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EW remembers longtime critic Bruce Fretts

Coronavirus updates: Atlanta mayor announces she is positive; MLBs testing struggles; New drug enters late-stage trials Auto dealers, restaurants with ties to lawmakers were among the firms that got PPP loans: Treasury report EW remembers longtime critic Bruce Fretts

Bruce Fretts had a great laugh. It started as a low-key chuckle, accompanied by a sheepish grin that showed off his dimples. Something would have to be really funny — Wayne Knight as Newman on Seinfeld, say — for it to develop into a full-fledged, open-mouthed guffaw. Pop culture didn't just make him laugh, though; it made him go.

© Roy Rochlin/Getty Images The former Entertainment Weekly writer, who played a key role in developing EW's approach to television coverage, has died at the age of 54.

Today, we at Entertainment Weekly are mourning the loss of a godfather of EW’s TV coverage, a key player in the magazine’s three-decade history, and an all-around good-natured, big-hearted soul.

As a critic at EW from 1991-2003, Bruce Fretts — who died at the age of 54 on Friday — played a key role in developing EW’s approach to television coverage with his in-depth reporting, discerning analysis, and incisive wit. Bruce was also crucial in defining EW’s voice in its early days; if you read something funny about a TV show in EW during the ‘90s, there’s a very good chance that Bruce wrote it.

Bruce penned cover stories on shows such as Friends and Baywatch; profiled celebrities including Harrison Ford, Howard Stern, and James Garner; and declared that TV was empirically better than movies back in 1995 — way before that sentiment was popular. And when EW made its first foray into books, it was Bruce who wrote the best-selling The Entertainment Weekly Seinfeld Companion. He had a calming, easy-going air about him, and he put everyone, including big stars, at ease. This made him an effective interviewer. (“I hate the monkey,” Friends star David Schwimmer famously told him in 1995.)

In addition to his love of the Mets, the Redskins, and Pez dispensers, Bruce was enamored with the best of the small screen, becoming a steadfast champion of high-quality, low-rated shows such as Freaks and Geeks, Homicide: Life on the Streets, NewsRadio, and Everybody Loves Raymond. (Raymond wasn’t actually a hit in its first two seasons, but Bruce’s persistent quality-television-over-here! alerts surely played a small role in the series widening its audience.) Pity the shows coasting on ratings or name power (Coach, According to Jim, Veronica's Closet, or any NBC filler on Must-See Thursday in the '90s) that were taking up valuable space on the broadcast network schedule, for they would find themselves targets of Bruce's cutting wit.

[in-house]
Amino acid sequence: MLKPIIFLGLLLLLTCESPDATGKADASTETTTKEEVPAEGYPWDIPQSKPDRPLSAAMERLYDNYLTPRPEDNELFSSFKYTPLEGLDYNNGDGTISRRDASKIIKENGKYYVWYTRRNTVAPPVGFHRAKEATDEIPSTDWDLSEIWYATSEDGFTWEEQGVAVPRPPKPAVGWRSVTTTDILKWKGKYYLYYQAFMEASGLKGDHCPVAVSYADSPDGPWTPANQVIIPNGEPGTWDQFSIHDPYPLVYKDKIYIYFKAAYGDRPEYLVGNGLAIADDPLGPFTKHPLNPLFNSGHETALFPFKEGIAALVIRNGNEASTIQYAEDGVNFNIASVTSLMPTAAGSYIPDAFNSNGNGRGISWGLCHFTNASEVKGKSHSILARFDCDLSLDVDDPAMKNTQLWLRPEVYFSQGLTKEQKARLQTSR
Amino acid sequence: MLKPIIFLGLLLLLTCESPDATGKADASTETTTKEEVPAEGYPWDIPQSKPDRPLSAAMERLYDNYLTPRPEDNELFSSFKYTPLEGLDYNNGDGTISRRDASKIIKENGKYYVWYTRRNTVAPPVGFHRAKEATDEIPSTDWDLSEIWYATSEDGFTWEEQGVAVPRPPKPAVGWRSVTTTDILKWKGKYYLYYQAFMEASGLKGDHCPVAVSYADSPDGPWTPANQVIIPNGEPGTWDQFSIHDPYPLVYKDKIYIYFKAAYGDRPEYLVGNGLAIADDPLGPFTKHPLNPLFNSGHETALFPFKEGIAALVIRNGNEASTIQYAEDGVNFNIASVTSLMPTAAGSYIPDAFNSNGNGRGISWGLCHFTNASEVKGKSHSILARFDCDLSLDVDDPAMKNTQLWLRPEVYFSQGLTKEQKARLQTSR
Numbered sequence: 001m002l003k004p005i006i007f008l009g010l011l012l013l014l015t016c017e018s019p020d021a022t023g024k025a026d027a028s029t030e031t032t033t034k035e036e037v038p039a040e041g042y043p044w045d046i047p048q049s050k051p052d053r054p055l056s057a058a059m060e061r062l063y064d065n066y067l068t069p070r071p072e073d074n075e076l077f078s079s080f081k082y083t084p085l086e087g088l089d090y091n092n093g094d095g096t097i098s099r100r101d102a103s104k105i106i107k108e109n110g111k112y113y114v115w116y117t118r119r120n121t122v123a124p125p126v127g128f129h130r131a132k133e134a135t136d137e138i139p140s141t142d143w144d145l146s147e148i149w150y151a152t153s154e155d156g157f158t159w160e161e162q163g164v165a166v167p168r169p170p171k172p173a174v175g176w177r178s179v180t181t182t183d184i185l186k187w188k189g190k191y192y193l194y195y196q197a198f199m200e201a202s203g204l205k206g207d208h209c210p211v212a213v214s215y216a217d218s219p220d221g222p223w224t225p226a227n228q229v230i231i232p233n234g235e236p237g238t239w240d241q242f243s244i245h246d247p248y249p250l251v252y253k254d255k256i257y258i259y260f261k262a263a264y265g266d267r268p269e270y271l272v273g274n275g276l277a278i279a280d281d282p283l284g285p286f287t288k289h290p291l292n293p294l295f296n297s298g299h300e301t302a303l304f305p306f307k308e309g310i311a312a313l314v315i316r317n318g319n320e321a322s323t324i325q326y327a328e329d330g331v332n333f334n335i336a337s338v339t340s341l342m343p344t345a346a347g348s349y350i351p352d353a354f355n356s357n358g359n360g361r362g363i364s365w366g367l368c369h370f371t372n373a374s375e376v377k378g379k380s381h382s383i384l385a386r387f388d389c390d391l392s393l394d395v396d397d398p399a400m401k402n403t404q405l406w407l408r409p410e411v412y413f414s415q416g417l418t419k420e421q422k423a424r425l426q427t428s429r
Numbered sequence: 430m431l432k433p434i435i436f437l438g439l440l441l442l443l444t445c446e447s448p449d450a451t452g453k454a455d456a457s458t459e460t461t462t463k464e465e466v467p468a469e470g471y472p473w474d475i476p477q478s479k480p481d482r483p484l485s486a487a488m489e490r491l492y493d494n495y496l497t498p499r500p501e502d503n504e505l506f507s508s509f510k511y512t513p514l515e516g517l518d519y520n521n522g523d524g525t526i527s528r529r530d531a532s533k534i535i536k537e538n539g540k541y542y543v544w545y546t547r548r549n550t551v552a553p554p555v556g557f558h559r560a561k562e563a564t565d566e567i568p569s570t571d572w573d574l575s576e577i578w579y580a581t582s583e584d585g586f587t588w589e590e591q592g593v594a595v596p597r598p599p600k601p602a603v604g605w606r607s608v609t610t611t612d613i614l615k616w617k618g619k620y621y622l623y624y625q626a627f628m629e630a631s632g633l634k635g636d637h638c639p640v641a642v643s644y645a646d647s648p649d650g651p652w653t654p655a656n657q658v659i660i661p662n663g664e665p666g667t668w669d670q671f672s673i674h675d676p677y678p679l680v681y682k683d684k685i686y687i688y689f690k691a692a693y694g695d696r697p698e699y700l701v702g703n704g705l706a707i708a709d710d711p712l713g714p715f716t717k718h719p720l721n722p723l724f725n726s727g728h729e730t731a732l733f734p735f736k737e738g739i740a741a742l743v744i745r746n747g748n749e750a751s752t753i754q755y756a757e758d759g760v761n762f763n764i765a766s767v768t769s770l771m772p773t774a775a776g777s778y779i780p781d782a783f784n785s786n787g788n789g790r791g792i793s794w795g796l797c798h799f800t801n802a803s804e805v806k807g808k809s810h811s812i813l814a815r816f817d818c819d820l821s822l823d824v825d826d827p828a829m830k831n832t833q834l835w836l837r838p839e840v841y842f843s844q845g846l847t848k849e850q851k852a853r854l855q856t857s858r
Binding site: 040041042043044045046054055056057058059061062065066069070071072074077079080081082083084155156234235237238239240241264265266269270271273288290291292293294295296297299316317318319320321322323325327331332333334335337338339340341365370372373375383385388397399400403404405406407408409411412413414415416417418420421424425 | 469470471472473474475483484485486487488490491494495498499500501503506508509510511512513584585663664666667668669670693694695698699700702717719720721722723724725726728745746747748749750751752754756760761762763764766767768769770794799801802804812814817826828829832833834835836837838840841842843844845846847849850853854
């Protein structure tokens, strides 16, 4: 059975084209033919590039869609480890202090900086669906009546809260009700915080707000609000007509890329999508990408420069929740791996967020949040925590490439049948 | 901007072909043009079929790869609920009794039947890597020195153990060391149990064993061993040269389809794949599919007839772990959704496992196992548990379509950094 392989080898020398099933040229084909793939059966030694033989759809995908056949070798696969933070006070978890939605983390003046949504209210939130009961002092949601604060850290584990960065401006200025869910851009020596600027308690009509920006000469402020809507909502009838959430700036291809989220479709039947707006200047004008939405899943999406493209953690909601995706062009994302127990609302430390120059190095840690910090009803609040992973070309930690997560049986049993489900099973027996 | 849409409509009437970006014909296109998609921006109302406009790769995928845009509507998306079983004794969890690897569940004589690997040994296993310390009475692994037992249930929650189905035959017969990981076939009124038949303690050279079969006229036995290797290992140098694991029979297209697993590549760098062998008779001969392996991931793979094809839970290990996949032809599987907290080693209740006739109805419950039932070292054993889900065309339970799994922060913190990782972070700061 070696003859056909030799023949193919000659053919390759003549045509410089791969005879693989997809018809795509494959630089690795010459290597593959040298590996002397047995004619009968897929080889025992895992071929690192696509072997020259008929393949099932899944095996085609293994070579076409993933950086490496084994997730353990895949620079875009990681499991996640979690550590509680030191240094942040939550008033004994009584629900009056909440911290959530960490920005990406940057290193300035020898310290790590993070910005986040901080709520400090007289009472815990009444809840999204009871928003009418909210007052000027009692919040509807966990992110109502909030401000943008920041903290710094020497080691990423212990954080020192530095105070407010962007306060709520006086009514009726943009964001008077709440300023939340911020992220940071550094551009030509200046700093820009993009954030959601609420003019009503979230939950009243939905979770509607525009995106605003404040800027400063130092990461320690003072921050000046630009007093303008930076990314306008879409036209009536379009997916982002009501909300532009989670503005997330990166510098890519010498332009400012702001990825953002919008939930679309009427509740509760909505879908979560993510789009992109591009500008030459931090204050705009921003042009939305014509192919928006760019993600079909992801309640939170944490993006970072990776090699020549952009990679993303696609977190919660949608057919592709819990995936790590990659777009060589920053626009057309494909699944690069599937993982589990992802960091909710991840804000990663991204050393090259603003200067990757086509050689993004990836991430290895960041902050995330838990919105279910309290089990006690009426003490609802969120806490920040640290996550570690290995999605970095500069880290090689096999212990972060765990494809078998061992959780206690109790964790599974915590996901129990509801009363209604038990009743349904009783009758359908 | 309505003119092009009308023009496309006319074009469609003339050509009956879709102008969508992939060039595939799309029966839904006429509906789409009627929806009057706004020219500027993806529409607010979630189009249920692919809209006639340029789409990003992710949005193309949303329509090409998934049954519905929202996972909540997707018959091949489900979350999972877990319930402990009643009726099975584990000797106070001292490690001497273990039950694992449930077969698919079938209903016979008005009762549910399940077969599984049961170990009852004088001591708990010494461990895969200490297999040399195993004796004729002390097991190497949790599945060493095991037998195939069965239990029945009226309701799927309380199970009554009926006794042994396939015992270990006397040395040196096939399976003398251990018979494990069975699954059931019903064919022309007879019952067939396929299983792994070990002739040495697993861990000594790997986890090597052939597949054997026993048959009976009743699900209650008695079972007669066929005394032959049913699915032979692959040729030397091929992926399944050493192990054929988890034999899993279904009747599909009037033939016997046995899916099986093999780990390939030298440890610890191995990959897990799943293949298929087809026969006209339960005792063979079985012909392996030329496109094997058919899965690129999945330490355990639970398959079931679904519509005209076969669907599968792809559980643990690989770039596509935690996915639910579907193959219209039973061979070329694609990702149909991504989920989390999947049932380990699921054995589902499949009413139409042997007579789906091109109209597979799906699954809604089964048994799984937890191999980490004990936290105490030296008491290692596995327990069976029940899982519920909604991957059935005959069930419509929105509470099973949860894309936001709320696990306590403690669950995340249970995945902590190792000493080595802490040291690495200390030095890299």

His humor was always on full display in EW’s annual Fall TV preview, an issue of which Bruce often wrote the lion’s share. One year, a Walker, Texas Ranger producer was quoted as saying that the coming season of the CBS action drama would bring "a different Walker than anyone's ever seen — it's a real tearjerker… There's two words I want to put together —that's Walker and Emmy." Bruce’s obliging punchline? “Okay, how about this: Walker will never win an Emmy.” When ABC’s lackluster Ryan Reynolds sitcom Two Guys, a Girl and a Pizza Place rebranded itself as Two Guys, Bruce summed up the attempt at reinvention perfectly: "Two Guys remains the Domino's of sitcoms: The best thing about it is that it's done in 30 minutes."

Bruce didn’t just champion pop culture projects, he also championed many young writers at the magazine. He was a generous mentor, taking pride in helping to develop the younger EW scribes. His tastes were varied and unexpected, and his knowledge was even more extensive. While he wrote authoritatively on shows as a critic, Bruce also offered up astute stories on scheduling, pilot season, and, of course, ratings (his "Winners and Losers" articles were clear-eyed examinations of what was — and wasn’t — working on TV). Bruce always had another story to tell, which is one of the many reasons that his "Remote Patrol" columns were a must-read.

After leaving EW in 2003, Bruce remained a prolific writer and editor, first working at TV Guide, where he assumed the reins of the Cheers and Jeers column, and later as an editor for Closer Weekly. Up until his death, he contributed to a wide range of outlets, including The New York Times, Time, Fast Company, Emmy Magazine, and WBGO (as a TV critic). But for Bruce, his greatest achievement was his two wonderful children, Olive and Jed, of whom he was immensely proud.

Thank you, Bruce, for the words, the laughs, and the counsel. You will be missed. You won't be forgotten.

In lieu of flowers, donations can be made in Bruce's memory to the Children’s Inn at NIH.